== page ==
Tara Iti continued….

I’m not going to bore you with descriptions of every shot, but I will provide a few more highlights of my go around at Tara Iti.

One of the mind-blowing revelations I had during my visit was about course set-up.  Ryan told me that EVERY day, there is a dedicated course set-up artist.  He walks the entire course every morning with a cup cutter and bucket of sand.  He looks at the forecast for temperature, wind, precip., etc. and decides upon a fair and fun set-up that will allow for variety and interest.  He moves the tees and changes the cups accordingly.  Due to the incredibly stiff NO CARTS policy, he does this every day walking.  What an incredible opportunity to connect with the land you help maintain and gain appreciation for the angles available.  Just another reason Tara Iti is one of the fore-thinking clubs of our time.  No wonder they have been met with such high acclaim in its first few years of opening!

The 4th is a short 4 that can be driveable if the course set-up and wind allow.  With an uphill approach, it is imperative to play the angles game for your approach.  For example, as we played to a right hole location, you would absolutely need to come in from the left side of the centerline hazard (a rather large bunker complex dividing the fairway) if you wanted to attack the pin.  You could also bail 20-30 feet left of the pin and take your 4 and move on.  I opted for the latter option and happily moved on to our first 5 par of the day.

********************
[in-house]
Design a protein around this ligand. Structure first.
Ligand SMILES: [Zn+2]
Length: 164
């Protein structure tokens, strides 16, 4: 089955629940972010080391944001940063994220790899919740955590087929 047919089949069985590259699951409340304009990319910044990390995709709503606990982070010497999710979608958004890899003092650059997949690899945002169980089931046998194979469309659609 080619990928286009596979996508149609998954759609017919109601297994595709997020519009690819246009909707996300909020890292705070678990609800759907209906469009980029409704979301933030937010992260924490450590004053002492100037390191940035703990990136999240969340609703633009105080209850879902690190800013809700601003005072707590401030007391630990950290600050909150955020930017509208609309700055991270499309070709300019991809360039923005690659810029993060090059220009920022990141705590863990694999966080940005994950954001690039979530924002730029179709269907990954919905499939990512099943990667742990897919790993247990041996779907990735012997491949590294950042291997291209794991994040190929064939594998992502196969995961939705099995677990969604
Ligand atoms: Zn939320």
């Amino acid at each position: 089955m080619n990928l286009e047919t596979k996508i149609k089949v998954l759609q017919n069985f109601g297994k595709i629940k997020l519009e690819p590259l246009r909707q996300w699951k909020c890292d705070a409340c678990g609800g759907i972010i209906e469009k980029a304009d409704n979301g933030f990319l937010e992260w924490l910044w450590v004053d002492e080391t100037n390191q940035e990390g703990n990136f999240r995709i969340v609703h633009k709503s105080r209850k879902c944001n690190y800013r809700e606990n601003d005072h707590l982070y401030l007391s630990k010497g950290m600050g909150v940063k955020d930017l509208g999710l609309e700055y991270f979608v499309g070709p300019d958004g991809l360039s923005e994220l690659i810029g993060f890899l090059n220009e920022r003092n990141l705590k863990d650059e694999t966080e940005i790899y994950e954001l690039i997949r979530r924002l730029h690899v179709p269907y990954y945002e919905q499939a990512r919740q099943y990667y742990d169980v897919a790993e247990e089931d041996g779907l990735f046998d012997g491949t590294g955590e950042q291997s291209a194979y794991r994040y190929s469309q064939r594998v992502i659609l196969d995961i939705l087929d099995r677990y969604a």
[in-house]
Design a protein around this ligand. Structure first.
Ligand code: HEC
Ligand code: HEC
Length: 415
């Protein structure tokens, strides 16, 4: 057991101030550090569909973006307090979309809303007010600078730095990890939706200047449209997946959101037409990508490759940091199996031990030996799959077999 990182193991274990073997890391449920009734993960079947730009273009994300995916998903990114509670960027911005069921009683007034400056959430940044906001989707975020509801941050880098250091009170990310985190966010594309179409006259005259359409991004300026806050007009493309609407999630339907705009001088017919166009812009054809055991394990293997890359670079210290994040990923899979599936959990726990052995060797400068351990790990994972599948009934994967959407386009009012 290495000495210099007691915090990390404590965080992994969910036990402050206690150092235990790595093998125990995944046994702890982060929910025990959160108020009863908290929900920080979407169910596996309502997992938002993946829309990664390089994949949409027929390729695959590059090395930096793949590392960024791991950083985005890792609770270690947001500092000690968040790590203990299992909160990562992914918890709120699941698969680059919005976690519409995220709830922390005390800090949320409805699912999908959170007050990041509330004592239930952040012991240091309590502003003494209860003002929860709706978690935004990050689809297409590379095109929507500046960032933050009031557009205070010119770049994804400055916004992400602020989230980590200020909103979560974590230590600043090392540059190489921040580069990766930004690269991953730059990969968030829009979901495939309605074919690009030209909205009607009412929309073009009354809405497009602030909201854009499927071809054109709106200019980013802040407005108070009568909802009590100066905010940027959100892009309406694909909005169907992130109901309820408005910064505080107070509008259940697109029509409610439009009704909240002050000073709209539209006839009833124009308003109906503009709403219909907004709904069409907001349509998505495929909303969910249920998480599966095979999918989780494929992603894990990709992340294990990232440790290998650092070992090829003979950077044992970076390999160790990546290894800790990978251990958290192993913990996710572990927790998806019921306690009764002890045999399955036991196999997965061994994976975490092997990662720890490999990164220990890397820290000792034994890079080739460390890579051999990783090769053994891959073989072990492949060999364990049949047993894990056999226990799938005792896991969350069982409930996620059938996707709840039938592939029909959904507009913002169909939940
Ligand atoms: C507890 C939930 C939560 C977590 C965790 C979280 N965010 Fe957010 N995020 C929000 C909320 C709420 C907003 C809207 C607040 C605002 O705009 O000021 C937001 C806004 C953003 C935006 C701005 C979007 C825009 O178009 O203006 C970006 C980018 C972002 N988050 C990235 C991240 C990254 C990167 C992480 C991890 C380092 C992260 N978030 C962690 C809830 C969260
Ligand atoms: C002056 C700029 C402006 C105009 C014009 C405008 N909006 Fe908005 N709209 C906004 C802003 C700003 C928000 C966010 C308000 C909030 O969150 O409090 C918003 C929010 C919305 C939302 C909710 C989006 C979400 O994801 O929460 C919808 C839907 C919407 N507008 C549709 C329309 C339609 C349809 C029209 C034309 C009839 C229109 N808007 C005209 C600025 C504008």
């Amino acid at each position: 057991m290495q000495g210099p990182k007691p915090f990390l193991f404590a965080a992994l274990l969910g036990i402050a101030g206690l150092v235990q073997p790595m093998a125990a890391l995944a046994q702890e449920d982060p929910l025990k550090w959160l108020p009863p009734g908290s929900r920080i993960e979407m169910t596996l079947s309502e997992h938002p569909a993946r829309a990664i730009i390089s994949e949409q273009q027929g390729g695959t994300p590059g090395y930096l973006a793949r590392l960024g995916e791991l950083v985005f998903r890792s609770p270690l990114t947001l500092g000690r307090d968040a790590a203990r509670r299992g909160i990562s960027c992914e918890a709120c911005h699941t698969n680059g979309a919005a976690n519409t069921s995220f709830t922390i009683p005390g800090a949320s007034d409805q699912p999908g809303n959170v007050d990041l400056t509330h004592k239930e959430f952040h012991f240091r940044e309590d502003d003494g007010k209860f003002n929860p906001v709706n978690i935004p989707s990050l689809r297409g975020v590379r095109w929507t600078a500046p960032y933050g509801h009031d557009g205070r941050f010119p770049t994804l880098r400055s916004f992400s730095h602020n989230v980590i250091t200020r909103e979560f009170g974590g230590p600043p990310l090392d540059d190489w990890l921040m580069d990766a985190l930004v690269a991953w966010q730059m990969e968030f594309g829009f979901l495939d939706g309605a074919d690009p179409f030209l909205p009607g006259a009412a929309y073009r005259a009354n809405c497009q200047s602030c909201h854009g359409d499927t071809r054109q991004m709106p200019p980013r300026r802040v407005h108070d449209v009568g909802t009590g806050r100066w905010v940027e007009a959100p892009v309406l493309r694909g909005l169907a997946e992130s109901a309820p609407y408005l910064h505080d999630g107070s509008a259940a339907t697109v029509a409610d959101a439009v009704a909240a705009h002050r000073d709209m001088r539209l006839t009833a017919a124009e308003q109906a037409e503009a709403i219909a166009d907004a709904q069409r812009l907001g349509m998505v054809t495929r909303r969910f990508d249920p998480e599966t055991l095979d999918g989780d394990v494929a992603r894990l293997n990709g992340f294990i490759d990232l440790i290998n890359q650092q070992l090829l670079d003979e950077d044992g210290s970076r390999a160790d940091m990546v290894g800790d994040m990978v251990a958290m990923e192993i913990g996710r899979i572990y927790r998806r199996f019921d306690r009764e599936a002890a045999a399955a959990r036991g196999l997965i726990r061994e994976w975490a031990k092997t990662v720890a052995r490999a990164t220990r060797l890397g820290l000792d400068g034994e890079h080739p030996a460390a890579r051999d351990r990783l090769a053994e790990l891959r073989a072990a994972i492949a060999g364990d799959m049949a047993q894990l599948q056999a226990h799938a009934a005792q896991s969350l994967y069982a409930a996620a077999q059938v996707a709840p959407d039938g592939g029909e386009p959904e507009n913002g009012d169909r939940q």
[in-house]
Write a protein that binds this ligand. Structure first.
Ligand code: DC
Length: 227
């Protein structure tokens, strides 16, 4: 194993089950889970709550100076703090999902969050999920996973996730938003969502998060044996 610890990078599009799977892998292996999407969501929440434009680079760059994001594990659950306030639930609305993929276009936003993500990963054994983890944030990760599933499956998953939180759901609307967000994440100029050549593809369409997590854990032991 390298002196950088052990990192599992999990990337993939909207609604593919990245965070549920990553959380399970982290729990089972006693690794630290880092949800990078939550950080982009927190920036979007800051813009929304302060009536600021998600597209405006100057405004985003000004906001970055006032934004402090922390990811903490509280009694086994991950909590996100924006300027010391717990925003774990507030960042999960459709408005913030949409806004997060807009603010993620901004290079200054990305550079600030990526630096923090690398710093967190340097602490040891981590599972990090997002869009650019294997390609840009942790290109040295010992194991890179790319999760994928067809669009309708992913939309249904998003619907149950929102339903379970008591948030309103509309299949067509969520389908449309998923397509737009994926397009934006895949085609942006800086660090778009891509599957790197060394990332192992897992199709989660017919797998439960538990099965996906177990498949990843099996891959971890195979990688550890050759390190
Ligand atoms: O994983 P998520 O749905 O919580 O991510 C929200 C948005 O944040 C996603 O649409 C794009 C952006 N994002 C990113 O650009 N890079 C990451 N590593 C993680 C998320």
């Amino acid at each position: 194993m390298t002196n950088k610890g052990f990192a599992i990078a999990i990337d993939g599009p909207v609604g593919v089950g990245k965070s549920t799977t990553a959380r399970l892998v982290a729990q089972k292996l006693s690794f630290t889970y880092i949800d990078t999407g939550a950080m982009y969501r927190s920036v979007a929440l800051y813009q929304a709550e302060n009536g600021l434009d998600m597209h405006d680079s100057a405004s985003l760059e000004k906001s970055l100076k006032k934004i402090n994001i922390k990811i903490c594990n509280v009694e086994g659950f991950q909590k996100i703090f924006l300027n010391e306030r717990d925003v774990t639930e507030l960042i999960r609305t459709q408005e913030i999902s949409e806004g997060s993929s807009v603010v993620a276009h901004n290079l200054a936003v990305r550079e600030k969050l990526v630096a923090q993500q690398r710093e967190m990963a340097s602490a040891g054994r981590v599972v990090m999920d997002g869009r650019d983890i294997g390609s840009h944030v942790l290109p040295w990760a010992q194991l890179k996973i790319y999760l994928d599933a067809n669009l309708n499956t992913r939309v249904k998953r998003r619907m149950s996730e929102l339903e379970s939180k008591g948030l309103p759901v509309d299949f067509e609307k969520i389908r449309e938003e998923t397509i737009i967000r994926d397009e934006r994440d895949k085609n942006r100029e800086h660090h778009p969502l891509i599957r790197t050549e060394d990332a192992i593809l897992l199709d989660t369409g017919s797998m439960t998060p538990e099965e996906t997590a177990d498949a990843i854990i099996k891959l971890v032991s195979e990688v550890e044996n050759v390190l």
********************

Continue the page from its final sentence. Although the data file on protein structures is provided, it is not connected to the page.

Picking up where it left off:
What I really enjoyed about the routing of Tara Iti looking back on it is the variety of good long connecting holes.  It is hard to know if there was a lot of sand moved in the routing, but I would have never guessed (as I mentioned before) that most of the site was forested.  That is perhaps a sore spot for me in that a lot of trees had to be removed to create this magnificent property.  Nevertheless, I thought Doak and his team did a fabulous job transitioning between the highs and lows of the property with the long holes.  Each of the holes offer generous driving corridors and begs the long hitter to take on the hazards protecting each greensite.  I would need to play the course more to know what strategy is most fitting to my game, but I would profess that laying up to a strategic angle would probably be the more beneficial option on most of these holes given the challenging shots from the green surrounds if you miss on the “going for it” shot.  Long story short, I would say that what is best about these holes is that even after a great drive, you are left thinking about how you want to play your next shot.  It is not AIRGOLF (hit it as high and far as possible).  Most of the approaches into the 5 pars require a low running shot to take advantage of ground slopes that can promote your ball closer to the hole (even from shorter distances)!  For a variety of golfers this approach makes the game more fun especially during matches as the situation may encourage to play a shot that you normally would not.